(Also, if you wish to directly ask me specific financial planning questions to calm your own fears, you’re welcome to attend my next free retirement webinar; sign up here: https://learn.rajendevad­ason. com)

Finally, the best way to morph into the ideal state of never again suffering through sleeping or waking money nightmares is to start taking small unstoppabl­e steps toward financial health.

Sweet dreams!

Read his free articles at www.FreeCoolAr­; he may be connected with on LinkedIn at­ason, or via rajen@RajenDevad­ason. com. You may follow him on Twitter @ RajenDevad­ason

SINCE the pandemic broke out last year, we’ve been ordered to wash our hands and sanitise them, in addition to keeping a social distance as well as donning a mask when we’re in public places. Hand hygiene isn’t anything new. It’s a practice that has kept us safe from common illnesses and infections. The importance of hand hygiene through washing with soap and water and then sterilisin­g with alcohol was establishe­d as far back as the mid-1800s.

There was a drop in the rate of sepsis and its associated mortality when medical staff washed their hands between examining women during childbirth. Hands have been found to be the principle route by which cross infection occurs.

Through the years, three levels of hand hygiene were recommende­d for the different tasks required — for social/routine hand hygiene (soap and water); antiseptic handhygien­e(washwithso­apandwater followed by sanitising with antiseptic agent); and surgical hand hygiene (all that plus removing all wrist watches and jewellery, keeping short fingernail­s with no nail varnish or false nails, and scrubbing with soft, sterile nail brush).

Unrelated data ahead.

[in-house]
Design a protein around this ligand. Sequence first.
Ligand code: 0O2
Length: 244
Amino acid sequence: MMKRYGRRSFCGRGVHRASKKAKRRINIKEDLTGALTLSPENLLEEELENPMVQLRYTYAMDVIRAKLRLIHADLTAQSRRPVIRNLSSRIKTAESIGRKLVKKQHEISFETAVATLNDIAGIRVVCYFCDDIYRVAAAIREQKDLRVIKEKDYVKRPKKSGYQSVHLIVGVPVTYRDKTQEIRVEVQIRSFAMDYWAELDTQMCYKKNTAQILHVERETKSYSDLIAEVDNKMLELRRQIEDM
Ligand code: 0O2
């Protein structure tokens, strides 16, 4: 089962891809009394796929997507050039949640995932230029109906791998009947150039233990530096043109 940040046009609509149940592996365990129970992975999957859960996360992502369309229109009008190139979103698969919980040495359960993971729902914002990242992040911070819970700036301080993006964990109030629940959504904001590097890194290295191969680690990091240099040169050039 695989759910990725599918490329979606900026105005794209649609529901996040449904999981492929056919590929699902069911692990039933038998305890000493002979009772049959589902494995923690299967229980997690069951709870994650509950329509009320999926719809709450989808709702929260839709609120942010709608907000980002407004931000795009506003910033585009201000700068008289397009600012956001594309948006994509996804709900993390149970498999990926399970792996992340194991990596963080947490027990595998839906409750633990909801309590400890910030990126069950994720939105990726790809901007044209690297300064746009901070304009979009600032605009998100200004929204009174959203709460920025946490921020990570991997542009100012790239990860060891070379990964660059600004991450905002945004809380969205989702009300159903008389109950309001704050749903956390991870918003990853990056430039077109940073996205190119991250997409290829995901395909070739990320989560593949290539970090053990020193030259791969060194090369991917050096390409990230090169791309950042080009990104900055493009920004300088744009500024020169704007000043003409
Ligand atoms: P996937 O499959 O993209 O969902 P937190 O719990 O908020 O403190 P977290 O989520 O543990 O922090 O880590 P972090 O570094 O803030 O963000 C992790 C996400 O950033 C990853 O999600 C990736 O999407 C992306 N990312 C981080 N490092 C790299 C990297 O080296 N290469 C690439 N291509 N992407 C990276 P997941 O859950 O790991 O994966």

Yet, despite all these warnings, people still cough and sneeze openly, or cover with their hand but not washing/sanitising it immediatel­y after. Even if you sneezed into tissues and properly dispose them in the trash, you still have to wash your hands immediatel­y followed by a squirt of saniTHERE tiser. Coughing/sneezing into your elbow helps to prevent your hands from being contaminat­ed. At first I didn’t understand the logic behind this. But since the pandemic, so many articles and documentar­ies have been made on this topic that it has become a recommende­d practice.


For years before this, we’ve been able to get away quite lightly without proper and diligent hand hygiene. We might carry a small bottle of sanitiser when travelling or when eating out but most times, not. At the most we’d suffer stomachach­e, diarhhoea or even pink eye.